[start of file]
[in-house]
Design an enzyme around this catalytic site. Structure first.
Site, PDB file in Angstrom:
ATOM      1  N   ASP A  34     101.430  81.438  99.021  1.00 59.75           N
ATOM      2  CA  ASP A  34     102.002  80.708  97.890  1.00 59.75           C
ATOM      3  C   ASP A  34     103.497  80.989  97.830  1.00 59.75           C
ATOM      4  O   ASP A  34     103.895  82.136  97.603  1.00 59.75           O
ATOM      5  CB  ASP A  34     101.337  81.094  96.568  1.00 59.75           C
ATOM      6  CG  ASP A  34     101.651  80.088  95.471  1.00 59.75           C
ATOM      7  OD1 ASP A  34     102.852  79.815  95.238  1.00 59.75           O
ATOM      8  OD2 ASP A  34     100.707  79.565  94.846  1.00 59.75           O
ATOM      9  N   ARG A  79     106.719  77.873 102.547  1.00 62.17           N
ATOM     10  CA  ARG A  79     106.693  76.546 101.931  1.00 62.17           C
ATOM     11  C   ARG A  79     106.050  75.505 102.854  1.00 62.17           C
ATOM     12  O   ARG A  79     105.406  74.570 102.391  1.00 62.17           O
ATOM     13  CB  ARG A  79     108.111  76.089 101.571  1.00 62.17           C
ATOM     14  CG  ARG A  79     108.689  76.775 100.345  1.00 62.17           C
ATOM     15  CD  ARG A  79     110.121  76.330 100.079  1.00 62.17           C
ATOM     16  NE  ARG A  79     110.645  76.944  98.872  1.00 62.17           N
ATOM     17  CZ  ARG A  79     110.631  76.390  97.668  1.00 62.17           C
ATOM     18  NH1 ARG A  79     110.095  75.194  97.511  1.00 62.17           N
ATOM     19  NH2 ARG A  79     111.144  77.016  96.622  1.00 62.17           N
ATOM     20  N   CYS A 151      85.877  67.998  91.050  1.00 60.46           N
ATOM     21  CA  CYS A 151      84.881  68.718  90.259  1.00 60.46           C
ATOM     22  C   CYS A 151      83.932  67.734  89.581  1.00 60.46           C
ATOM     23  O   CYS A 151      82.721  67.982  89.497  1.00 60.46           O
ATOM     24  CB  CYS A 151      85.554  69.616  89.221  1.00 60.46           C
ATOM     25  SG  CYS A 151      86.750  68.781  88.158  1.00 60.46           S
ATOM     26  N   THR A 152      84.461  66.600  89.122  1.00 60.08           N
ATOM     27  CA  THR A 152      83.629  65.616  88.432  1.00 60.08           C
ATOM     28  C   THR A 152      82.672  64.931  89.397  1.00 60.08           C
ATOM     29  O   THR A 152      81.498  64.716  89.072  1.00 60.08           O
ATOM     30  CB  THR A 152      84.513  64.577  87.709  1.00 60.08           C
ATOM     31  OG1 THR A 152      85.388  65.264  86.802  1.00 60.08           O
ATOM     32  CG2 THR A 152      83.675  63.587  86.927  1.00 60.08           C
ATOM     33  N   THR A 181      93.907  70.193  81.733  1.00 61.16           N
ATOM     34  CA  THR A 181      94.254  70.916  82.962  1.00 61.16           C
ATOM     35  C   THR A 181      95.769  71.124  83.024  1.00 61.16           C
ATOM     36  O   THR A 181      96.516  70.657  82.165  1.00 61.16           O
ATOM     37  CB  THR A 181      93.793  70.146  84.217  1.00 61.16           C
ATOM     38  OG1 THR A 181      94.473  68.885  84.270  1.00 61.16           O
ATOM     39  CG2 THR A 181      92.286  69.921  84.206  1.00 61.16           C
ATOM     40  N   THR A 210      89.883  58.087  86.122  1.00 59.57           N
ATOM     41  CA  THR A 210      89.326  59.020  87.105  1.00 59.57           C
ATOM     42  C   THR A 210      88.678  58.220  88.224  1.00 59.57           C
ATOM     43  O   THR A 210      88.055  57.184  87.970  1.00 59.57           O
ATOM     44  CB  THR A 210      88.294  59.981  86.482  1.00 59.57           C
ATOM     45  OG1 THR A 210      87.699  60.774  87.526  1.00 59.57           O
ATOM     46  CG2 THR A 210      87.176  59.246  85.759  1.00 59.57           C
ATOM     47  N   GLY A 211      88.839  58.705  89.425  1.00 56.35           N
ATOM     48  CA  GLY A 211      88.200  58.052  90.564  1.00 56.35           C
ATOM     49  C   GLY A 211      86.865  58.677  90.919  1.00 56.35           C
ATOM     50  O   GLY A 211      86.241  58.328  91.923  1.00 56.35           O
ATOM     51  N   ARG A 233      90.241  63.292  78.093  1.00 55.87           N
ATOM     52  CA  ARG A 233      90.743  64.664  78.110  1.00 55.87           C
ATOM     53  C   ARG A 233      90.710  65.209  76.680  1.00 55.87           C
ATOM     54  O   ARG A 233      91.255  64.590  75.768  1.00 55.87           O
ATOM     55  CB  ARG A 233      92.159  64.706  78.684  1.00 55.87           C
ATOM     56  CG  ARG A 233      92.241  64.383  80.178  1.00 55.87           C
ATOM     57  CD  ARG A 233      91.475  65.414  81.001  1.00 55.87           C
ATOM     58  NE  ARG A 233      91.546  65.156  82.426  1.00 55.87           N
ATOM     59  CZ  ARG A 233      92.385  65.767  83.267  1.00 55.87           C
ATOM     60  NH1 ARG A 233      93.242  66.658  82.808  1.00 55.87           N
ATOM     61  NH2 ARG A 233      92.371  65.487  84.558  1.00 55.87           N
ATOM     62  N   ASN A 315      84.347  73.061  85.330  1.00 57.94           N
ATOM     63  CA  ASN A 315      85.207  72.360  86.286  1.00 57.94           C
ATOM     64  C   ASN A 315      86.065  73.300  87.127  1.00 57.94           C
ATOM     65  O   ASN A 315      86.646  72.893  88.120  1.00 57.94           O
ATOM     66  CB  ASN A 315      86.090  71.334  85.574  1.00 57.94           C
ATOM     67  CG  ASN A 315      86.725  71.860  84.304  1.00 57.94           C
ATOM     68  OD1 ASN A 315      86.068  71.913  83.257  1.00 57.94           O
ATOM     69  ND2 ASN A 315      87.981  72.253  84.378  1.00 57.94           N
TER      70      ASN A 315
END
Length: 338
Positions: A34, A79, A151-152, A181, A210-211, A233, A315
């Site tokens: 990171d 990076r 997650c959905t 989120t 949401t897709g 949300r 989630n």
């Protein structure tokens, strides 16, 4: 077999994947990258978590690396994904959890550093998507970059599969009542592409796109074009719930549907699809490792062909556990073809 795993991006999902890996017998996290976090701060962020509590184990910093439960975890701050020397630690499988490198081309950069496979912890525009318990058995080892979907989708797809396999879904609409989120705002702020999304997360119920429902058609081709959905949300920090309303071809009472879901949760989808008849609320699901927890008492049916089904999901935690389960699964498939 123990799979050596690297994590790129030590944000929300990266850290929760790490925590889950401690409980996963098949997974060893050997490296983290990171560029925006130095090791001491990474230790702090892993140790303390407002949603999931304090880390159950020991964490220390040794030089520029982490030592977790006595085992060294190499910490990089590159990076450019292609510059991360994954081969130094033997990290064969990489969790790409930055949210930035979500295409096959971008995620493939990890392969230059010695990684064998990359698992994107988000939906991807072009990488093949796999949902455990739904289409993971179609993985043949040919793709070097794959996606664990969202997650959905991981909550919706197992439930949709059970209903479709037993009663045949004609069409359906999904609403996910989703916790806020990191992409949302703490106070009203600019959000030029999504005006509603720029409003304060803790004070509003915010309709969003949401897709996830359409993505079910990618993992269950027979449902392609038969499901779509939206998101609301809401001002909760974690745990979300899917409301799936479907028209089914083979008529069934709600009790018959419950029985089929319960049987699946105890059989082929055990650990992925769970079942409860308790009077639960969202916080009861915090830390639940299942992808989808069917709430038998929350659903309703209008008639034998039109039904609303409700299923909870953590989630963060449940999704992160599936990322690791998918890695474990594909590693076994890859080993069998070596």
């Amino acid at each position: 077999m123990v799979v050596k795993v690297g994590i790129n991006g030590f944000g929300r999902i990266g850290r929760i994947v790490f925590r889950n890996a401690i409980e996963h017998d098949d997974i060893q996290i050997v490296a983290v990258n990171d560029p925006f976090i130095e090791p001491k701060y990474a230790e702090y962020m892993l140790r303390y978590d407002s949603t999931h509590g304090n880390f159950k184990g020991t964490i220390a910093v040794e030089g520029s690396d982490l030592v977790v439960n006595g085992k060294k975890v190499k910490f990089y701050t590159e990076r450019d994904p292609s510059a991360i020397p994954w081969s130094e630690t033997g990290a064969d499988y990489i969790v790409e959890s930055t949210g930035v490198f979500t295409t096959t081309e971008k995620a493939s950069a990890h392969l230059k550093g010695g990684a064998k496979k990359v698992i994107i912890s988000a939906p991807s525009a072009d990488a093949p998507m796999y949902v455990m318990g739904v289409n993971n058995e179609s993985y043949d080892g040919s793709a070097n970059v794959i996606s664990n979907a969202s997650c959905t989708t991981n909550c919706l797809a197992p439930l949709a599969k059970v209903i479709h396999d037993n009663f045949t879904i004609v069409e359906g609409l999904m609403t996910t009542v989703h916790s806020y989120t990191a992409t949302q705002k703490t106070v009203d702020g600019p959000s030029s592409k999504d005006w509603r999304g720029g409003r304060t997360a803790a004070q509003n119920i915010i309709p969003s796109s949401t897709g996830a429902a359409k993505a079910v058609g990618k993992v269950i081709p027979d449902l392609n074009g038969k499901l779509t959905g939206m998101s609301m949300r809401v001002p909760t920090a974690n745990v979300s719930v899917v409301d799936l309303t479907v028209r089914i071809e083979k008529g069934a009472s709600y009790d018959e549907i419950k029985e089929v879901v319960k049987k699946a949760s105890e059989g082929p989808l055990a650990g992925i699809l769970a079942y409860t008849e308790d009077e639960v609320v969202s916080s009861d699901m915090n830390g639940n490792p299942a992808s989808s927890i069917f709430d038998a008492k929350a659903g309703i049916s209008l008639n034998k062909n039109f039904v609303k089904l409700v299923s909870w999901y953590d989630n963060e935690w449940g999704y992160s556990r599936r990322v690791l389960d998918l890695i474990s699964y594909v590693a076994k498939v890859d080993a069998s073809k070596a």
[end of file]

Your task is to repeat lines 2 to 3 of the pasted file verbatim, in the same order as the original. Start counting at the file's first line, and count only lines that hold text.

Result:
Design an enzyme around this catalytic site. Structure first.
Site, PDB file in Angstrom: